In 2011, New York Times data scientist Jake Porway wrote a blog post lamenting the fact that most data scientists spend their days creating apps to help users find restaurants, TV shows, or parking spots, rather than addressing complicated social issues like helping identify which teens are at risk of suicide or creating a poverty index of Africa using satellite data.
That post hit a nerve. Data scientists around the world began clamoring for opportunities to “do good with data.” Porway—at the center of this storm—began to convene these scientists and connect them to nonprofits via hackathon-style events called DataDives, designed to solve big social and environmental problems. There was so much interest, he eventually quit his day job at the Times and created the organization DataKind to steward this growing global network of data science do-gooders.
At the same time, in the same city, another movement was taking shape—#GivingTuesday, an annual global giving event fueled by social media. In just five years, #GivingTuesday has reshaped how nonprofits think about fundraising and how donors give. And yet, many don’t know that 92nd Street Y (92Y)—a 140-year-old Jewish community and cultural center in Manhattan, better known for its star-studded speaker series, summer camps, and water aerobics classes—launched it.
What do these two examples have in common? One started as a loose global network that engaged data scientists in solving problems, and then became an organization to help support the larger movement. The other started with a legacy organization, based at a single site, and catalyzed a global movement that has reshaped how we think about philanthropy. In both cases, the founding groups have incorporated the best of both organizations and networks.
Much has been written about the virtues of thinking and acting collectively to solve seemingly intractable challenges. Nonprofit leaders are being implored to put mission above brand, build networks not just programs, and prioritize collaboration over individual interests. And yet, these strategies are often in direct contradiction to the conventional wisdom of organization-building: differentiating your brand, developing unique expertise, and growing a loyal donor base.
A similar tension is emerging among network and movement leaders. These leaders spend their days steering the messy process required to connect, align, and channel the collective efforts of diverse stakeholders. It’s not always easy: Those searching to sustain movements often cite the lost momentum of the Occupy movement as a cautionary note. Increasingly, network leaders are looking at how to adapt the process, structure, and operational expertise more traditionally associated with organizations to their needs—but without co-opting or diminishing the energy and momentum of their self-organizing networks.
In our consulting and advising work over the past few years, we have seen this pattern time and again: organizations that are adapting to become more like networks and harness the “wisdom of the crowds;” and decentralized networks or movements that are creating more centralized “backbone” structures to support their activities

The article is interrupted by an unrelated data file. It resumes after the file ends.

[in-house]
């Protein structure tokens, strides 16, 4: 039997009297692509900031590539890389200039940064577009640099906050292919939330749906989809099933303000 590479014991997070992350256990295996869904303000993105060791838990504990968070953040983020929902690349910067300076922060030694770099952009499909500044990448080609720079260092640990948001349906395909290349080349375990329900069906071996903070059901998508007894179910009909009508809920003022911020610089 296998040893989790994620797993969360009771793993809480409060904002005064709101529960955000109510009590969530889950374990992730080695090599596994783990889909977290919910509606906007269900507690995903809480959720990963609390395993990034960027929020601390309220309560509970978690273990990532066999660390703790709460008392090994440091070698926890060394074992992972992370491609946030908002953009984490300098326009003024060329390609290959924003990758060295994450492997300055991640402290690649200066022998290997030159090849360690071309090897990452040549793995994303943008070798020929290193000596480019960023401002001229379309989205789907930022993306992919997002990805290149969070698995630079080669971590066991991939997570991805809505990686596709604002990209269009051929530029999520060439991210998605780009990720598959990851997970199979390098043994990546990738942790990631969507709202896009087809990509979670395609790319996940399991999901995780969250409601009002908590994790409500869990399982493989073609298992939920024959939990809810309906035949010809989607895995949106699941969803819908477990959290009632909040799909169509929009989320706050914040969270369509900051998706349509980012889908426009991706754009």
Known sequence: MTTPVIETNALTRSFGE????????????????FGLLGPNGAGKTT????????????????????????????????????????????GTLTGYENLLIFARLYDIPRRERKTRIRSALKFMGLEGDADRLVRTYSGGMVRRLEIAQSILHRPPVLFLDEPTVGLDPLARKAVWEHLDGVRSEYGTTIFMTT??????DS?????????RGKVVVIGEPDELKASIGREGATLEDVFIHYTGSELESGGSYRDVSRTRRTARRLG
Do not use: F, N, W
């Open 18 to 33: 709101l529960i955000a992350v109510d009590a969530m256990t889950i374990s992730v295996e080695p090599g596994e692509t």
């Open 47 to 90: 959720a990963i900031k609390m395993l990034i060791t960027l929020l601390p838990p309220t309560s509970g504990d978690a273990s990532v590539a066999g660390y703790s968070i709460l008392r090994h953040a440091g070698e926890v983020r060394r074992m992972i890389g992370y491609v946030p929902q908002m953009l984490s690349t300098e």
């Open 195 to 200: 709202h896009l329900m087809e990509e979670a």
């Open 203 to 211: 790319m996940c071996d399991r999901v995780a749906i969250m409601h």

Welcome to the World of “Both/And”
Today’s social change leaders—be they from business, government, or nonprofits—must learn to straddle the leadership mindsets and practices of both networks and organizations, and know when to use which approach. Leaders like Porway, and Henry Timms and Asha Curran of 92Y can help show us the way.
How do these leaders work with the “both/and” mindset?
First, they understand and leverage the strengths of both organizations and networks—and anticipate their limitations. As Timms describes it, leaders need to be “bilingual” and embrace what he has called “new power.” Networks can be powerful generators of new talent or innovation around complex multi-sector challenges. It’s useful to take a network approach when innovating new ideas, mobilizing and engaging others in the work, or wanting to expand reach and scale quickly. However, networks can dissipate easily without specific “handrails,” or some structure to guide and support their work. This is where they need some help from the organizational mindset and approach.
On the flip side, organizations are good at creating centralized structures to deliver products or services, manage risk, oversee quality control, and coordinate concrete functions like communications or fundraising. However, often that efficiency and effectiveness can calcify over time, becoming a barrier to new ideas and growth opportunities. When organizational boundaries are too rigid, it is difficult to engage the outside world in ideating or mobilizing on an issue. This is when organizations need an infusion of the “network mindset.”
92Y: An Organization Acting like a Network
The 92Y example illustrates how to combine the best of both worlds. Timms, then a senior director at 92Y, came up with the idea of #GivingTuesday in October of 2012, and brought in Curran to help lead it. The date is significant, because it was also 60 days before year end—a moment when most nonprofits focus on maximizing their visibility and end-of-year fundraising. The decision to move forward with #GivingTuesday meant that Timms and Curran adopted a “lean,” experimental mentality, essentially upending institutional conventions.